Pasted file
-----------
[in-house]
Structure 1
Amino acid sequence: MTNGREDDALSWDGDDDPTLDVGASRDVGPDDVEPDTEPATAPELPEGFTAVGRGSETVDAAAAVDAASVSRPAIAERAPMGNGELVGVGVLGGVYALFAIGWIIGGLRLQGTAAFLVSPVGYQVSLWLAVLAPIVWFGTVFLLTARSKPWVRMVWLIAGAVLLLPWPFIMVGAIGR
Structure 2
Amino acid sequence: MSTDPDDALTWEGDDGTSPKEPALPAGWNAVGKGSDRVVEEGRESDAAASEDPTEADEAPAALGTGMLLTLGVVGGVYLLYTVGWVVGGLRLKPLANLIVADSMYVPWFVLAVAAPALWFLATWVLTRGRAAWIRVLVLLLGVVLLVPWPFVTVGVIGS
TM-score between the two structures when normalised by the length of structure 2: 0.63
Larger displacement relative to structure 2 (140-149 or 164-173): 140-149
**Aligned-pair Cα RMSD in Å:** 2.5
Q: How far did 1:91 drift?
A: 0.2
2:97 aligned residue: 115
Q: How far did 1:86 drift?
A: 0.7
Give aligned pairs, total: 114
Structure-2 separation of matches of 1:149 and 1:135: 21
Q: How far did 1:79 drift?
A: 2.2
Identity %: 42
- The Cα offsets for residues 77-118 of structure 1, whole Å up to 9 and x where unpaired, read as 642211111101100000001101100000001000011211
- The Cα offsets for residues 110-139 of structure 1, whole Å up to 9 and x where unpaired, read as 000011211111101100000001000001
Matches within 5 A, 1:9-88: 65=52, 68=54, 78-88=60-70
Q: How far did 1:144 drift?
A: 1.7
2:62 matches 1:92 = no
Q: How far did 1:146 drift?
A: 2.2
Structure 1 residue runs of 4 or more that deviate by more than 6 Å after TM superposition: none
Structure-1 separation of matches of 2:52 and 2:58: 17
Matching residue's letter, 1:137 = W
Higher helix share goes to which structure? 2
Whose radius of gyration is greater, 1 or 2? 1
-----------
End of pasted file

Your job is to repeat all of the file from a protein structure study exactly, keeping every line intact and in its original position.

[in-house]
Structure 1
Amino acid sequence: MTNGREDDALSWDGDDDPTLDVGASRDVGPDDVEPDTEPATAPELPEGFTAVGRGSETVDAAAAVDAASVSRPAIAERAPMGNGELVGVGVLGGVYALFAIGWIIGGLRLQGTAAFLVSPVGYQVSLWLAVLAPIVWFGTVFLLTARSKPWVRMVWLIAGAVLLLPWPFIMVGAIGR
Structure 2
Amino acid sequence: MSTDPDDALTWEGDDGTSPKEPALPAGWNAVGKGSDRVVEEGRESDAAASEDPTEADEAPAALGTGMLLTLGVVGGVYLLYTVGWVVGGLRLKPLANLIVADSMYVPWFVLAVAAPALWFLATWVLTRGRAAWIRVLVLLLGVVLLVPWPFVTVGVIGS
TM-score between the two structures when normalised by the length of structure 2: 0.63
Larger displacement relative to structure 2 (140-149 or 164-173): 140-149
**Aligned-pair Cα RMSD in Å:** 2.5
Q: How far did 1:91 drift?
A: 0.2
2:97 aligned residue: 115
Q: How far did 1:86 drift?
A: 0.7
Give aligned pairs, total: 114
Structure-2 separation of matches of 1:149 and 1:135: 21
Q: How far did 1:79 drift?
A: 2.2
Identity %: 42
- The Cα offsets for residues 77-118 of structure 1, whole Å up to 9 and x where unpaired, read as 642211111101100000001101100000001000011211
- The Cα offsets for residues 110-139 of structure 1, whole Å up to 9 and x where unpaired, read as 000011211111101100000001000001
Matches within 5 A, 1:9-88: 65=52, 68=54, 78-88=60-70
Q: How far did 1:144 drift?
A: 1.7
2:62 matches 1:92 = no
Q: How far did 1:146 drift?
A: 2.2
Structure 1 residue runs of 4 or more that deviate by more than 6 Å after TM superposition: none
Structure-1 separation of matches of 2:52 and 2:58: 17
Matching residue's letter, 1:137 = W
Higher helix share goes to which structure? 2
Whose radius of gyration is greater, 1 or 2? 1